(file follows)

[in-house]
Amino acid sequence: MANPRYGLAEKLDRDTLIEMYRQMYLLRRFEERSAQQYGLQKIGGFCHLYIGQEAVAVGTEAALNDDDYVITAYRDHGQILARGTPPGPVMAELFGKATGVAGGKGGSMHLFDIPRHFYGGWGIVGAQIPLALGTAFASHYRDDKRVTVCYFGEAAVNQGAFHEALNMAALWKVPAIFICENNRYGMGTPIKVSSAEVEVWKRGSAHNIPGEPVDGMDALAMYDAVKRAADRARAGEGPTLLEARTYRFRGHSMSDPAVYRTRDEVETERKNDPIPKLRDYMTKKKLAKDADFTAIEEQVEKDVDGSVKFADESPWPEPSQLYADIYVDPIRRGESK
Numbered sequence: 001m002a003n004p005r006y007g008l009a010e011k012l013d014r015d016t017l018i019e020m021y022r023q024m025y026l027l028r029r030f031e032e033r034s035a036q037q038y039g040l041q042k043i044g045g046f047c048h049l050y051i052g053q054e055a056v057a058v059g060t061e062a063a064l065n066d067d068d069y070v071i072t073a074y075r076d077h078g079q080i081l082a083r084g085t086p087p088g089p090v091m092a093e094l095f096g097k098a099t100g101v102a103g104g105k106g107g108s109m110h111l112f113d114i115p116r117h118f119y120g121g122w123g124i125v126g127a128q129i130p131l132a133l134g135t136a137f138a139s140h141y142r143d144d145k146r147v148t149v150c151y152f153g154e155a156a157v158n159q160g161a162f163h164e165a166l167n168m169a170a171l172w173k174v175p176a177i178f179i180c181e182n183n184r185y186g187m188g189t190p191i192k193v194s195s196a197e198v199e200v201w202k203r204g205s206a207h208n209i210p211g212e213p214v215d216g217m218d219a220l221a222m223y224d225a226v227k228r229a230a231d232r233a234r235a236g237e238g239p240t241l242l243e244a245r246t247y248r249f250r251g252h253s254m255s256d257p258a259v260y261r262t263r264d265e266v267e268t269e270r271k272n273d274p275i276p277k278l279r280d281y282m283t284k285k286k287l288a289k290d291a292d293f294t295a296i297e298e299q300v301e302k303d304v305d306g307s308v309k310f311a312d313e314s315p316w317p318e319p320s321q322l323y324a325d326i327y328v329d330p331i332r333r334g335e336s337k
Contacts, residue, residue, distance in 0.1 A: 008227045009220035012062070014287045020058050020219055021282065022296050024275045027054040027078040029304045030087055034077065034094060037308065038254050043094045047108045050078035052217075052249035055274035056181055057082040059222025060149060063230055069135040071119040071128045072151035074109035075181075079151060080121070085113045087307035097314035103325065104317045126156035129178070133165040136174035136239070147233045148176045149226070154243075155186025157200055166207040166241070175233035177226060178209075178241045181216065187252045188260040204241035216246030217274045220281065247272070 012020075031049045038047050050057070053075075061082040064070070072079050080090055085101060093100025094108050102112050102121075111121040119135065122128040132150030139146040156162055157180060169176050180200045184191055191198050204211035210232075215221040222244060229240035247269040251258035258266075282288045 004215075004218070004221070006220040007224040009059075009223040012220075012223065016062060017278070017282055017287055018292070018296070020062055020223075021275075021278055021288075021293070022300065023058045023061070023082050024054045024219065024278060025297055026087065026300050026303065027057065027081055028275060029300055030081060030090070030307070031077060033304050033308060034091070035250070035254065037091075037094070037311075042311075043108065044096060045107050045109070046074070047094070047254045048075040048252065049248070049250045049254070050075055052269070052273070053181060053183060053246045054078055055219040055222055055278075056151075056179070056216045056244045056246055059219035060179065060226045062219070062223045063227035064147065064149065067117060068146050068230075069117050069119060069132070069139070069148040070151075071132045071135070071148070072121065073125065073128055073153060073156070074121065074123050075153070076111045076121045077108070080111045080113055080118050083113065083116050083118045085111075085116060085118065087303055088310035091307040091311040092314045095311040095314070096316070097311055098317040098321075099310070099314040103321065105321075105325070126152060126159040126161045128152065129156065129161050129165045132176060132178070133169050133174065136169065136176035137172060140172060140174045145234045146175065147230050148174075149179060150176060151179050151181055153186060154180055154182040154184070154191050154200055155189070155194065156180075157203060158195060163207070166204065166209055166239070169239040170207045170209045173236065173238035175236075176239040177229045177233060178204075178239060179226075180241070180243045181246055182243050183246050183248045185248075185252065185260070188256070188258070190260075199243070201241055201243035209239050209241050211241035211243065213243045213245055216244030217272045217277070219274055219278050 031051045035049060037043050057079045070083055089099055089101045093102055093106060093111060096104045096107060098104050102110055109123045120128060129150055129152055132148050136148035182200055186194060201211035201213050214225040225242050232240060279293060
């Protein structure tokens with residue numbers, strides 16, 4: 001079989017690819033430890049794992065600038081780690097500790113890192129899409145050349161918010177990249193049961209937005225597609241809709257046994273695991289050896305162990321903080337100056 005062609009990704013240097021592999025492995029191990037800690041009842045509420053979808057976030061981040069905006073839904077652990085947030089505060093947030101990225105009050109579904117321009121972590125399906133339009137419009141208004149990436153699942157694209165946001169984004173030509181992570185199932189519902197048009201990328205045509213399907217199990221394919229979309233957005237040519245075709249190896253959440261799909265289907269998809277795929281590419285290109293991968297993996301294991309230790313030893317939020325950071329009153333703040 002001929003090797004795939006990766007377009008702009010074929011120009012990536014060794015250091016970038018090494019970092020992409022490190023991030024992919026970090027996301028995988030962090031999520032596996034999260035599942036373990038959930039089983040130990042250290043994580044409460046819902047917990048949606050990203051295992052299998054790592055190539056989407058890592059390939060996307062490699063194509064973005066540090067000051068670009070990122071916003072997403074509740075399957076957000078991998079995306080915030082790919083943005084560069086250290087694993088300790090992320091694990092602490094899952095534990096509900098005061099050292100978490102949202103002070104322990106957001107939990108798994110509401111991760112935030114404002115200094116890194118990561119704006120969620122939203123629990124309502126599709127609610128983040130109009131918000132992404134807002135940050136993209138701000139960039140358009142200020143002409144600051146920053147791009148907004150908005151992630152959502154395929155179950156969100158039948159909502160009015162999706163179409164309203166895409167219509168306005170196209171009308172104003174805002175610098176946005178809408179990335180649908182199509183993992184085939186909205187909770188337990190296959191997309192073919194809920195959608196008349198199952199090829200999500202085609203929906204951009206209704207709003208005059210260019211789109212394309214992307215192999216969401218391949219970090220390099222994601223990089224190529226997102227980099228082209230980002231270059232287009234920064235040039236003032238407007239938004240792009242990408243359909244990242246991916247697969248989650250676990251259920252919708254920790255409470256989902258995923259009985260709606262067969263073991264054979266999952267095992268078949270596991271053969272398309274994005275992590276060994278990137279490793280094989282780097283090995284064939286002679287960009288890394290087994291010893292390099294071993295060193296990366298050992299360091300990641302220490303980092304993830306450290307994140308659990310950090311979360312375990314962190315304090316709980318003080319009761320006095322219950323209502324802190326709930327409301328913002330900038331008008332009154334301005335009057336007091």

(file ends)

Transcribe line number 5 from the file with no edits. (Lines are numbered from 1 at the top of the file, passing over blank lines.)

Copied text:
């Protein structure tokens with residue numbers, strides 16, 4: 001079989017690819033430890049794992065600038081780690097500790113890192129899409145050349161918010177990249193049961209937005225597609241809709257046994273695991289050896305162990321903080337100056 005062609009990704013240097021592999025492995029191990037800690041009842045509420053979808057976030061981040069905006073839904077652990085947030089505060093947030101990225105009050109579904117321009121972590125399906133339009137419009141208004149990436153699942157694209165946001169984004173030509181992570185199932189519902197048009201990328205045509213399907217199990221394919229979309233957005237040519245075709249190896253959440261799909265289907269998809277795929281590419285290109293991968297993996301294991309230790313030893317939020325950071329009153333703040 002001929003090797004795939006990766007377009008702009010074929011120009012990536014060794015250091016970038018090494019970092020992409022490190023991030024992919026970090027996301028995988030962090031999520032596996034999260035599942036373990038959930039089983040130990042250290043994580044409460046819902047917990048949606050990203051295992052299998054790592055190539056989407058890592059390939060996307062490699063194509064973005066540090067000051068670009070990122071916003072997403074509740075399957076957000078991998079995306080915030082790919083943005084560069086250290087694993088300790090992320091694990092602490094899952095534990096509900098005061099050292100978490102949202103002070104322990106957001107939990108798994110509401111991760112935030114404002115200094116890194118990561119704006120969620122939203123629990124309502126599709127609610128983040130109009131918000132992404134807002135940050136993209138701000139960039140358009142200020143002409144600051146920053147791009148907004150908005151992630152959502154395929155179950156969100158039948159909502160009015162999706163179409164309203166895409167219509168306005170196209171009308172104003174805002175610098176946005178809408179990335180649908182199509183993992184085939186909205187909770188337990190296959191997309192073919194809920195959608196008349198199952199090829200999500202085609203929906204951009206209704207709003208005059210260019211789109212394309214992307215192999216969401218391949219970090220390099222994601223990089224190529226997102227980099228082209230980002231270059232287009234920064235040039236003032238407007239938004240792009242990408243359909244990242246991916247697969248989650250676990251259920252919708254920790255409470256989902258995923259009985260709606262067969263073991264054979266999952267095992268078949270596991271053969272398309274994005275992590276060994278990137279490793280094989282780097283090995284064939286002679287960009288890394290087994291010893292390099294071993295060193296990366298050992299360091300990641302220490303980092304993830306450290307994140308659990310950090311979360312375990314962190315304090316709980318003080319009761320006095322219950323209502324802190326709930327409301328913002330900038331008008332009154334301005335009057336007091």